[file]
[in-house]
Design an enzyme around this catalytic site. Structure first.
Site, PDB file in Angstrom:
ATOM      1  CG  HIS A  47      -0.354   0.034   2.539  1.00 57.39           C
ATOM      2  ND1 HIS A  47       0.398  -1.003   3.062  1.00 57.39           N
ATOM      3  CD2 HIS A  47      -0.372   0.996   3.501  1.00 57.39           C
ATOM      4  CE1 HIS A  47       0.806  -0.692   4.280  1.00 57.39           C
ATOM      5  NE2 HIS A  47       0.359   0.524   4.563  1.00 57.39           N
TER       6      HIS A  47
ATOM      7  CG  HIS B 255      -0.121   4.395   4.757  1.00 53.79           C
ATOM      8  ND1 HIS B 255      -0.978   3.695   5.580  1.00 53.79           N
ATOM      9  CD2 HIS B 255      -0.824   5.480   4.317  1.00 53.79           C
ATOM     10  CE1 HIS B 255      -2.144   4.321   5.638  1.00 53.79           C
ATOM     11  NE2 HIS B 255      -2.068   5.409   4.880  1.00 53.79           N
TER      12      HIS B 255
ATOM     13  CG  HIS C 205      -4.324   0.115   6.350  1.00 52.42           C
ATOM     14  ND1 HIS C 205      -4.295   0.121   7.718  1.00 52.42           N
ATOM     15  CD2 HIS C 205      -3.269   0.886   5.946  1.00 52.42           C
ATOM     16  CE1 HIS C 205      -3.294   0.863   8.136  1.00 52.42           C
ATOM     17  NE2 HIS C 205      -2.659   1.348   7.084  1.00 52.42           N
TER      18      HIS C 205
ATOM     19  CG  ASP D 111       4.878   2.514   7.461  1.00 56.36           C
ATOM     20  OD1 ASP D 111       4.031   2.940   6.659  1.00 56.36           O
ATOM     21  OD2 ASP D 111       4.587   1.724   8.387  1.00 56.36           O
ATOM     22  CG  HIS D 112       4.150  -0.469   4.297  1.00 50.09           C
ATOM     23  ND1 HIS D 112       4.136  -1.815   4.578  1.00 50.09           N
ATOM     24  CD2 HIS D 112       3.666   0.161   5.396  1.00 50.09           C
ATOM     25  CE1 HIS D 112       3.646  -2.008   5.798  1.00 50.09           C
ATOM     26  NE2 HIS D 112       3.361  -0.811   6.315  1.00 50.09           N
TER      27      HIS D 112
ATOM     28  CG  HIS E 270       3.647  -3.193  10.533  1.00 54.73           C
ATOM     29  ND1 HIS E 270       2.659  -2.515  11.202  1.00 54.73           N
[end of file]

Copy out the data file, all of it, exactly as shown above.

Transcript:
[in-house]
Design an enzyme around this catalytic site. Structure first.
Site, PDB file in Angstrom:
ATOM      1  CG  HIS A  47      -0.354   0.034   2.539  1.00 57.39           C
ATOM      2  ND1 HIS A  47       0.398  -1.003   3.062  1.00 57.39           N
ATOM      3  CD2 HIS A  47      -0.372   0.996   3.501  1.00 57.39           C
ATOM      4  CE1 HIS A  47       0.806  -0.692   4.280  1.00 57.39           C
ATOM      5  NE2 HIS A  47       0.359   0.524   4.563  1.00 57.39           N
TER       6      HIS A  47
ATOM      7  CG  HIS B 255      -0.121   4.395   4.757  1.00 53.79           C
ATOM      8  ND1 HIS B 255      -0.978   3.695   5.580  1.00 53.79           N
ATOM      9  CD2 HIS B 255      -0.824   5.480   4.317  1.00 53.79           C
ATOM     10  CE1 HIS B 255      -2.144   4.321   5.638  1.00 53.79           C
ATOM     11  NE2 HIS B 255      -2.068   5.409   4.880  1.00 53.79           N
TER      12      HIS B 255
ATOM     13  CG  HIS C 205      -4.324   0.115   6.350  1.00 52.42           C
ATOM     14  ND1 HIS C 205      -4.295   0.121   7.718  1.00 52.42           N
ATOM     15  CD2 HIS C 205      -3.269   0.886   5.946  1.00 52.42           C
ATOM     16  CE1 HIS C 205      -3.294   0.863   8.136  1.00 52.42           C
ATOM     17  NE2 HIS C 205      -2.659   1.348   7.084  1.00 52.42           N
TER      18      HIS C 205
ATOM     19  CG  ASP D 111       4.878   2.514   7.461  1.00 56.36           C
ATOM     20  OD1 ASP D 111       4.031   2.940   6.659  1.00 56.36           O
ATOM     21  OD2 ASP D 111       4.587   1.724   8.387  1.00 56.36           O
ATOM     22  CG  HIS D 112       4.150  -0.469   4.297  1.00 50.09           C
ATOM     23  ND1 HIS D 112       4.136  -1.815   4.578  1.00 50.09           N
ATOM     24  CD2 HIS D 112       3.666   0.161   5.396  1.00 50.09           C
ATOM     25  CE1 HIS D 112       3.646  -2.008   5.798  1.00 50.09           C
ATOM     26  NE2 HIS D 112       3.361  -0.811   6.315  1.00 50.09           N
TER      27      HIS D 112
ATOM     28  CG  HIS E 270       3.647  -3.193  10.533  1.00 54.73           C
ATOM     29  ND1 HIS E 270       2.659  -2.515  11.202  1.00 54.73           N